The Palm Beach Post from West Palm Beach, Florida on December 2, 1997 · Page 25
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The Palm Beach Post from West Palm Beach, Florida · Page 25

West Palm Beach, Florida
Issue Date:
Tuesday, December 2, 1997
Page 25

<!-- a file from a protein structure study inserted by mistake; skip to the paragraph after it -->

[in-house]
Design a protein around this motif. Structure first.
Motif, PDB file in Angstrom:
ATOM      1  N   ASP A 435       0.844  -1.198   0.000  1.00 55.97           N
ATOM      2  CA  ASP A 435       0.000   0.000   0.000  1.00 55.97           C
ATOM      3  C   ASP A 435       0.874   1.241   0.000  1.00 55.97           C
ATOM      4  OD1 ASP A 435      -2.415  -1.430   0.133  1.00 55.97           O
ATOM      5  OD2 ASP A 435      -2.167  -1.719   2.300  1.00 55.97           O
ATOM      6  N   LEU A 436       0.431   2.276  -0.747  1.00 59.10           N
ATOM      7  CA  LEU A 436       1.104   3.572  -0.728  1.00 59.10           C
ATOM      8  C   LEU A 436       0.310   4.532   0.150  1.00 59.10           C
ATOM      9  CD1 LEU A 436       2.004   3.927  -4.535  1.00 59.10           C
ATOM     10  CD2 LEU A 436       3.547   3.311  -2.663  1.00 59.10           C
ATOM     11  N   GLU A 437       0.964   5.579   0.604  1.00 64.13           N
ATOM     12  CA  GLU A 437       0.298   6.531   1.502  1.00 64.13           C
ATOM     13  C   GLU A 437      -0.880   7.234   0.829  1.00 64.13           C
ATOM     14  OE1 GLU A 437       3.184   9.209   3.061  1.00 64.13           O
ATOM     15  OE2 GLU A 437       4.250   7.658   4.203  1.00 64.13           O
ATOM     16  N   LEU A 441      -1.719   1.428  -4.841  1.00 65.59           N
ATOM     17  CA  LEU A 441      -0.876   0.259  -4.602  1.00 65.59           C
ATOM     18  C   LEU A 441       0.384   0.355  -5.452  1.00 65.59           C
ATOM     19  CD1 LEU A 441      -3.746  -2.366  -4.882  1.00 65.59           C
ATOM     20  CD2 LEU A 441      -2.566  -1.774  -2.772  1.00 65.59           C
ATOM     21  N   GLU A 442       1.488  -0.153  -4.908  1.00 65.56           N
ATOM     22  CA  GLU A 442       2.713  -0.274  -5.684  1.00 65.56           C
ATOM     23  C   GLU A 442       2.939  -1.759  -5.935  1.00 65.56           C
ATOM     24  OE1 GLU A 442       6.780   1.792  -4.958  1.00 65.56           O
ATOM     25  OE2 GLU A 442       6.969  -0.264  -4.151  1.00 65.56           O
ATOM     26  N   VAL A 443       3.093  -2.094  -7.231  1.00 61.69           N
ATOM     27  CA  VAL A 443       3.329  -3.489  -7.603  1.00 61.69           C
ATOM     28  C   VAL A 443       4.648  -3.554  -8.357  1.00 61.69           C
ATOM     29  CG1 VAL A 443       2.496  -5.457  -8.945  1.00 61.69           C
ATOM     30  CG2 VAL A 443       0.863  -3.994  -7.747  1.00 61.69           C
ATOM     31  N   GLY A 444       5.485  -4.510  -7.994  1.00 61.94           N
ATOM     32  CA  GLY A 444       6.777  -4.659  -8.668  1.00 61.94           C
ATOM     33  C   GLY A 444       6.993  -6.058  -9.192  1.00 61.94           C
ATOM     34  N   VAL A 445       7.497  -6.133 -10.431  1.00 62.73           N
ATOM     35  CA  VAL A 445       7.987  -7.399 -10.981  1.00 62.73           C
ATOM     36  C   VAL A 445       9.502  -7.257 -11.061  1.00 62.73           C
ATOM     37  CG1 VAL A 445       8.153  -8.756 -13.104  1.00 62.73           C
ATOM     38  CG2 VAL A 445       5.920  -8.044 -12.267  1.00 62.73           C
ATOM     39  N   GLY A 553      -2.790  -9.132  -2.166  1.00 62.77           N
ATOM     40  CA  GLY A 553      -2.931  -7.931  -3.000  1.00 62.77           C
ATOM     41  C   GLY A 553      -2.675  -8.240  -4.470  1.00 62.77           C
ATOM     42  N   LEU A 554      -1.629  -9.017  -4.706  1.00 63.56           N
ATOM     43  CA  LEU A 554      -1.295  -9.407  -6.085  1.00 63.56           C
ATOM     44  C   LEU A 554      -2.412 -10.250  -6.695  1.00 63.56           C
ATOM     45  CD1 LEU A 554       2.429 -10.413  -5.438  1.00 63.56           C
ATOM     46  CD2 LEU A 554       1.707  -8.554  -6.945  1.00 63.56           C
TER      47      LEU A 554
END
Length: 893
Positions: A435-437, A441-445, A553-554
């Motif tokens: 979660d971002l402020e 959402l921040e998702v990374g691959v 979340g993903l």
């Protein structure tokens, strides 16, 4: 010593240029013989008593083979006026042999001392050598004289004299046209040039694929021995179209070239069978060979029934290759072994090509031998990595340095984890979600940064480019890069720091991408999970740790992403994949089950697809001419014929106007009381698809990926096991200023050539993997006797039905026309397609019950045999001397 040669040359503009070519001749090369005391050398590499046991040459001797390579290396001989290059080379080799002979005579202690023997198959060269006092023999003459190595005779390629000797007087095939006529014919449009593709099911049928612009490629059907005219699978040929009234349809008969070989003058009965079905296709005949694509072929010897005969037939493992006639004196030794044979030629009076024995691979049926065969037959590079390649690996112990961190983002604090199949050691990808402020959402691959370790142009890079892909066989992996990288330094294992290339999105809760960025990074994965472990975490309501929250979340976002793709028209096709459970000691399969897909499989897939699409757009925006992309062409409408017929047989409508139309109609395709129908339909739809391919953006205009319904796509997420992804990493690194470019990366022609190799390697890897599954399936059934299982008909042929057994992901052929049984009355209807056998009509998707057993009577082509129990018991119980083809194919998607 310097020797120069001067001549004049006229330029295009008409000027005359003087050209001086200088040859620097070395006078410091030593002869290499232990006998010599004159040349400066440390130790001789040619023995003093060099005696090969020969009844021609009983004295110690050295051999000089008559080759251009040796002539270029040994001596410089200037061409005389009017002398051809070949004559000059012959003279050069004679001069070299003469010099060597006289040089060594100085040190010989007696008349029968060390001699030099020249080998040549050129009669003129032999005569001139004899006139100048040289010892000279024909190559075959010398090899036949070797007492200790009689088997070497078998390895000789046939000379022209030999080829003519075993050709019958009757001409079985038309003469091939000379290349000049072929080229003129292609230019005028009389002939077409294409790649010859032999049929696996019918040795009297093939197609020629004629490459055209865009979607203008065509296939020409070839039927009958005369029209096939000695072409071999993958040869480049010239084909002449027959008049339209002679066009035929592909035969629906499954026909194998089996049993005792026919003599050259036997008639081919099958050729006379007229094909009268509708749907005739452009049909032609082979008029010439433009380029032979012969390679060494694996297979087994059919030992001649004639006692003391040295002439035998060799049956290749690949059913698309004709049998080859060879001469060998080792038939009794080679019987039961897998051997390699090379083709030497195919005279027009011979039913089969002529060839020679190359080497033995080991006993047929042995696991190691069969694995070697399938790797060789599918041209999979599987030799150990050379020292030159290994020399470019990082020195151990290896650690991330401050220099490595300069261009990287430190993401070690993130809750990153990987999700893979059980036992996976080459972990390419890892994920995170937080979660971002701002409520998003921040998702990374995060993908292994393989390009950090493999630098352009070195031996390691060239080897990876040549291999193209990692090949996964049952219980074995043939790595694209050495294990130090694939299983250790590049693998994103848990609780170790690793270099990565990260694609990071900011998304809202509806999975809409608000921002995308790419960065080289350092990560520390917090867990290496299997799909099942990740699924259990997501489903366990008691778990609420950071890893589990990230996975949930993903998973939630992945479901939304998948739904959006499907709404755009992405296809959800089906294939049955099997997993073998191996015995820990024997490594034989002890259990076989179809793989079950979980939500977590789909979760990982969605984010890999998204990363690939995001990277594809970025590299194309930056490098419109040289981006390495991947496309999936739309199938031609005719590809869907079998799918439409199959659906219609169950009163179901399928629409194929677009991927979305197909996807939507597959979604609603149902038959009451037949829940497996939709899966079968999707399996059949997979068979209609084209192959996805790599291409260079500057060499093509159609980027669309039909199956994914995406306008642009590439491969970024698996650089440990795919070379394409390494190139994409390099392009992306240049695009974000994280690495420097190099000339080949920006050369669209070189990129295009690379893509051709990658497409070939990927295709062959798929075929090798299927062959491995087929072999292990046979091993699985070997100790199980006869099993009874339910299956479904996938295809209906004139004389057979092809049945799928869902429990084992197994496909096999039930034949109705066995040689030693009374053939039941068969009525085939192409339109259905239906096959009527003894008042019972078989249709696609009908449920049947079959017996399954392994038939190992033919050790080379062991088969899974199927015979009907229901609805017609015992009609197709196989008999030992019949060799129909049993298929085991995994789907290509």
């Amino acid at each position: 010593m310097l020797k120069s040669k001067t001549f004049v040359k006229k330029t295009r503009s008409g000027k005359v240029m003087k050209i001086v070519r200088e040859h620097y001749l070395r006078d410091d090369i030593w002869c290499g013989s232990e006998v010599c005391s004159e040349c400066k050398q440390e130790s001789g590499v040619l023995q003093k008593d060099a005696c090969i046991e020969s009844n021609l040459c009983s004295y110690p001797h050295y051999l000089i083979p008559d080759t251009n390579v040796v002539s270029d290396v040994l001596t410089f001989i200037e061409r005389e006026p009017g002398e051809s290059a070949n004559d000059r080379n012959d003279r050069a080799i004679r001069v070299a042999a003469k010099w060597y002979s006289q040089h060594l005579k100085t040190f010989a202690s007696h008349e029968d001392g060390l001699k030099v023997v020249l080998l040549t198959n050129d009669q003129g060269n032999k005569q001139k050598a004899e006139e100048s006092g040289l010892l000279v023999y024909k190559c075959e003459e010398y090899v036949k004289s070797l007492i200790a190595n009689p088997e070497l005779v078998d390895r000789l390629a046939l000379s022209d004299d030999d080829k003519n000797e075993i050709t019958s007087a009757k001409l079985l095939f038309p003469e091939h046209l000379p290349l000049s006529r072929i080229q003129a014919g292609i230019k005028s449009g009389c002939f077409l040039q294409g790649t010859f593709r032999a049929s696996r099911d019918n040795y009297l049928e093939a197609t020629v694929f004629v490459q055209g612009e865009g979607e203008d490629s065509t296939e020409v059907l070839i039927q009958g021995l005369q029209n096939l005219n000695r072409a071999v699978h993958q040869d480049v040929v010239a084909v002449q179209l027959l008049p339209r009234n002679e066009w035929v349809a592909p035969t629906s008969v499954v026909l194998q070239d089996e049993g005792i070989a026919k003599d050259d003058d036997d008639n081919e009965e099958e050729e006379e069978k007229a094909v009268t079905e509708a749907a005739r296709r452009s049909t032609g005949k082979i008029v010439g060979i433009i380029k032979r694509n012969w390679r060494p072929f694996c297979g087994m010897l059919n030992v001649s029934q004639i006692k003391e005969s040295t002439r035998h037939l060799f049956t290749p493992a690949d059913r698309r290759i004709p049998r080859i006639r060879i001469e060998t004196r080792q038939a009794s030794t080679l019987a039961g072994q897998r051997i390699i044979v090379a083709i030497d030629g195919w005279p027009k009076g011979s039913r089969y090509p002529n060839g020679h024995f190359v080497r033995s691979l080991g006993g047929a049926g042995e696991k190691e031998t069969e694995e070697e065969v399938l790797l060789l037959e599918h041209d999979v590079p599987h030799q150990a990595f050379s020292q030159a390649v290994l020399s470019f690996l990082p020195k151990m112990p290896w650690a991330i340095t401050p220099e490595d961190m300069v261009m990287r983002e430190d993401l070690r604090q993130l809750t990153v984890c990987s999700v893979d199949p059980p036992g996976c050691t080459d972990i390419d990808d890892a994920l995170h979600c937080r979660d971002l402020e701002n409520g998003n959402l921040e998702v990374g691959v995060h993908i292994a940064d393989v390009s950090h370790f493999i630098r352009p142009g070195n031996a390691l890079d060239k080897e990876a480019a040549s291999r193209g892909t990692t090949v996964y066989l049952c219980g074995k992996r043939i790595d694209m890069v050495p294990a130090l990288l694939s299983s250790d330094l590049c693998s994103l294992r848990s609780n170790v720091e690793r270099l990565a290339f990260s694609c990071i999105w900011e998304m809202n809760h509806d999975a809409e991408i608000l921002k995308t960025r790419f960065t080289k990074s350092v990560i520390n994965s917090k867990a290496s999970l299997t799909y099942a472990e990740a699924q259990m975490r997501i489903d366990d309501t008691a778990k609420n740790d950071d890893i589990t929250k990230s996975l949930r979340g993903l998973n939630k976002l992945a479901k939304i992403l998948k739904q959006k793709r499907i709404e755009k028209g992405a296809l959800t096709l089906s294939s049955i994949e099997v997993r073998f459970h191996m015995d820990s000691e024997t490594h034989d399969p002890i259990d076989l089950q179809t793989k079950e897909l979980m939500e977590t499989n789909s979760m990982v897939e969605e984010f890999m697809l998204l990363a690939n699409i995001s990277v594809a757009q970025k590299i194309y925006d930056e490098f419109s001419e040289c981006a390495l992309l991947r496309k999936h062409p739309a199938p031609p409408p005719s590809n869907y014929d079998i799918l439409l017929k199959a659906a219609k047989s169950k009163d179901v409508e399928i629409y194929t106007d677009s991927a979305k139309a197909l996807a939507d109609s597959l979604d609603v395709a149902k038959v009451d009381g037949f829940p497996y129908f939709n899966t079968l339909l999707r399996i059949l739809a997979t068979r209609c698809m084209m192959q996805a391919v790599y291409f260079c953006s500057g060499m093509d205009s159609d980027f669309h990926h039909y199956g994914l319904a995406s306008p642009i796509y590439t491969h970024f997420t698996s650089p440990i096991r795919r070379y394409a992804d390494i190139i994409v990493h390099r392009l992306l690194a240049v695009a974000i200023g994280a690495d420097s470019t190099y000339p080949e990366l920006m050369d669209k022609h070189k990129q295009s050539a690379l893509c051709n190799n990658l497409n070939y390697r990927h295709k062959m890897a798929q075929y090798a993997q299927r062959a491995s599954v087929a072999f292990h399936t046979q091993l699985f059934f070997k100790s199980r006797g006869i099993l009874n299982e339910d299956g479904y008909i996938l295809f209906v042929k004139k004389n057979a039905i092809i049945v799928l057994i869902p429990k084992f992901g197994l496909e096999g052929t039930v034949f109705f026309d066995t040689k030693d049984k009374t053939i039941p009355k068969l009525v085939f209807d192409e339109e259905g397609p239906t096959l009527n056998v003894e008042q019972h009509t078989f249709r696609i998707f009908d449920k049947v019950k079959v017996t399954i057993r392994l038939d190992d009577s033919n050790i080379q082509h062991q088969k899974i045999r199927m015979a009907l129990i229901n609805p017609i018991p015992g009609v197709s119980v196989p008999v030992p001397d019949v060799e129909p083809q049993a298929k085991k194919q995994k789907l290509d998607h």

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v v w c s w THE PALM BEACH POST TUESDAY, DECEMBER 2, 1997 3B Obituaries Martin ends suit, not fight over land Ex-Boca fire chief D. Andrews """ " a;. ; ' T"" - : - I 1 afiM n & The Sartorys would have celebrated their 12th wedding anniversary next month. Kim Love Sartory died Sunday afternoon after a car crash in north Florida. Kim L. Sartory dies after car crash By Stephanie Desmon Palm Beach Post Staff Writer STUART Martin County on Monday dropped its court fight to keep hundreds of acres of land from being annexed by the city of Stuart. But the county isn't giving up on that property. County Attorney Gary Oldehoff said the county is simply focusing its resources and efforts on another avenue of fighting the takeover: the state's Department of Administrative Hearings. Owners of more than 1,000 acres of privately owned county land mostly vacant have asked to join the city in recent months. It could be easier for many of the owners to develop their property since the city has less stringent policies about traffic congestion and protection of wetlands. The dismissal of the court case came as a surprise both to city officials and at least one county commissioner. "They sure as hell didn't ask me," said Commissioner Dennis Armstrong, one of two commissioners who opposes fighting the annexations. Commissioners discussed the case on Nov. 4 at an executive session. Oldehoff said he was given direction at that meeting to dismiss the court action, but emphasized there was no vote on the subject. According to Florida's Sunshine Law, topics discussed during executive sessions should be con fined to settlement negotiations or strategy sessions related to litiga- 1 1 tion expenditures. ! ; "Our position is they're not ; supposed to be making any final ; ' decisions on anything in these ; ! executive sessions," said Miami ' ! lawyer Ed Mullins, who repre- : sented The Palm Beach Post in a ; lawsuit this year that accused ; county commissioners of violating ; ! the Sunshine Law by taking action ; ! in the closed-door sessions. j ', The county settled the lawsuit ' in part by agreeing to a consent ', J order, which requires them to con- 'j elude litigation in properly noticed public hearings. But Oldehoff said, Monday that no public announce- ment of a decision to drop the ! annexation suit was necessary. Meanwhile, Armstrong said he ; isn't even sure why the county dropped the suit. He was at the ' executive session and said dis- ', missal was not discussed as an 't option. The other four commissioners ; could not be reached for comment ' j Monday evening. Stuart City At- ' ' torney Carl Coffin said called the ! dismissal "good news," but said ' ', dismissal of the appeal to the state ' ; would have been "terrific news." ; The appeal revolves around ; three themes: that the city did not j fully discuss its plans with the . ! county, that the city would be I creating urban sprawl by gobbling j ; up property as far north as Jensen ; Beach Boulevard and that the city ' ; would add to the county's traffic ' crunch since its road rules aren't as strict as the county's. ' ! By Eliot Weinberg Palm Beach Post Staff Writer I BOCA RATON Daniel M. Andrews, the city's fire chief from 1965 to 1976, has died at age 79. Mr. Andrews died Saturday at Boca Raton Community Hospital, Fire Chief Kerry Koen said Monday. Mr. Andrews, who grew up in New York, was stationed during World War II at Boca Raton Army Air Field, now Boca Raton Municipal Airport, and Florida Atlantic University. He returned in the early 1950s and joined the fire department "The city was a far different place at the time, far smaller (and) sleepier," said Assistant Chief Jphn Eddinger, who was hired by Mr. Andrews in 1972. At the time, the department had a force of 35; By the time Mr. Andrews retired it tyas up to 80. The department now has 160. J It was Mr. Andrews who introduced paramedics; before that, a private ambulance company and fyneral homes provided those services. "It added a whole different dimension," Eddinger said. Mr. Andrews is survived by tjis wife, Mary, and his sister, Anna DeGennaro of Coram, N.Y. Services will be at 9:30 this morning at St. Ambrose Catholic Church in Deerfield Beach. By Monika Gonzalez Palm Beach Post Staff Writer Kim Love Sartory, a former bank executive and wife of businessman Larry Sartory, died Sunday afternoon in the Florida Panhandle. She was 41. Mrs. Sartory was northbound on U.S. 231 in Cottondale Sunday when she struck a car stopped at a light at the intersection of U.S. 90, Cottondale Police Chief William Watford said Monday. The incident was minor. But while a patrolman was talking to the drivers, Mrs. Sartory began complaining of neck pain. She went into cardiac arrest on the way to a hospital, Watford said. He added that it was not known whether the incident caused the heart attack. Mrs. Sartory was on her way to Milan, Tenn., to visit her mother and her ailing grandmother. The Sartorys would have celebrated their 12th wedding anniversary next month, said Larry Sar- tory's daughter, attorney Wendy Sartory Link. Kim Sartory met Larry Sartory chairman of the advertising and public relations firm Sartory Mathis Beedle and former president of Palm Beach Newspapers Inc., publisher of The Palm Beach Post while she was serving as a vice president for First American Bank. She also was a vice president at Admiralty Bank until about five years ago, when she became the advertising agency's controller. Mrs. Sartory was a former board member of Executive Women of the Palm Beaches and was the treasurer of the Palm Beach Area Chapter of the Leukemia Society of America, where she had served as a president. "She was irreverent," Link said. "She had a fun time poking fun." A memorial service will be held Thursday at Quattlebaum-Holleman Burse Funeral Home, 1201 Olive Ave., West Palm Beach. S. Grappelli, rench jazz Violinist, 89 a highly-skilled, eminently qualified professional who's probably been with Northern Trust for years. rflheres never been a better time for you JL topU'k (I h'tter bank. Has your bank merged lately? Did you wind up somewhere you never intended to be? Handled by people who are remote and unresponsive? Instead of sitting back and accepting this as something inevitable, you can do something about it. Switch to a better bank. And, in some cases, decades. If you decide to call us on the phone, you won't be shuttled into a voice-mail holding pattern, you will simply speak directly with your private banker. 0 Wtom wkmi If 108 years of integrity, a $26 billion bank, and $1 trillion in trust assets.. Northern Trust is a significant, stable, progressive bank that's succeeded by treating clients as valued The Associated Press : PARIS Stephane Grappelli, a French jazz violinist who helped shatter the image of jazz as an exclusively American art form, died Monday. He was 89. V-, Mr. Grappelli was the last surviving member of the Hot Club Quintet the rage of European jazz fans in the 1930s when he teamed up with Gypsy guitarist Django Reinhardt. Having begun his musical career at 15, Mr. Grappelli tirelessly performed into the 1990s, recording more than 100 albums. He died of complications after undergoing a hernia operation several days earlier, and. only months after giving his last concert, said his manager, Michel Chouanard. Mr. Grappelli played or recorded with dozens of jazz greats, including Oscar Peterson, Joe Pass, Michel Legrand, Louis Bell-son, McCoy Tyner, Quincy Jones, Earl Hines, Larry Coryell, Bill Coleman, Hank Jones, Gary Burton, classical violinist Yehudi Me-nuhin, cellist Yo-Yo Ma and blue-grass mandolinist David Grisman. The son of a philosophy professor, he started his career as a pianist for silent films. After stints playing sax, accordion and drums, "I chose the violin because there is not too much competition," he once said. "Some are very good but there aren't a lot, like saxophonists." Mr. Grappelli, born Jan. 25, 1908, won a scholarship to the Isadora Duncan school, where he received classical training in violin and piano, then continued his studies at the Paris Conservatory. At about 19, he discovered the recordings of Louis Armstrong and violinist Joe Venuti. Still, he struggled in cafes, where some patrons sneered at his attempts to play jazz on the traditionally classical instrument. After the economic crash of '29, Mr. Grappelli wandered the streets of Paris with his violin, playing for money,and food. He met Reinhardt during the time and they struggled together. "In France they didn't like jazz much," he said. "They wanted to hear the Charleston." In 1933, they joined bassist Louis Vola's orchestra at the Hotel Claridges. Between sets, the two would have jam sessions with Vola and other guitarists, including Reinhardt's brother Joseph. The group impressed top French critics Hugues Panassie and Charles Delaunay enough to make them the official combo of their jazz society, the Hot Club. The Quintet of the Hot Club of France became the most influential and popular European jazz band from 1935-39. Around Reinhardt's accompaniment, Mr. Grappelli constructed simple, elegant melodies. 1 Mr. Grappelli's albums include tive at Carnegie Hall, Jazz Round ftfidnight, Plays Jerome Kern and Twoli Gardens. y'. Grappelli released an album of piano music in 1990 titled My Other Love. ?. Were not the kink for everybody. An account at Northern Trust is not for everybody. However, that's precisely what makes us so desirable to a select group of discerning individuals who demand a higher level of service from their bank. We may be the bank for you. Northern Trust offers individual attention along with every sophisticated partners and not as numbers printed at the bottom of a deposit slip. We provide personalized, professional service in private banking, trust and asset management. fa financial service that successful Floridians require. We welcome the opportunity to meet with you in private and in person. If you wish to schedule an Our reputation provides financial peace of mind. Heal people. No recorded voices. Just your very own private banker. SIS appointment, please call Sherry Barrat at (561)622-4600 or (800)682-3521 or visit one of our offices. When you become a Northern Trust client, you'll meet in confidence with your own private banker Northern Trust BanR The Private Bank Member FDIC Boca Raton Dclray Beach North Palm Beach Palm Beach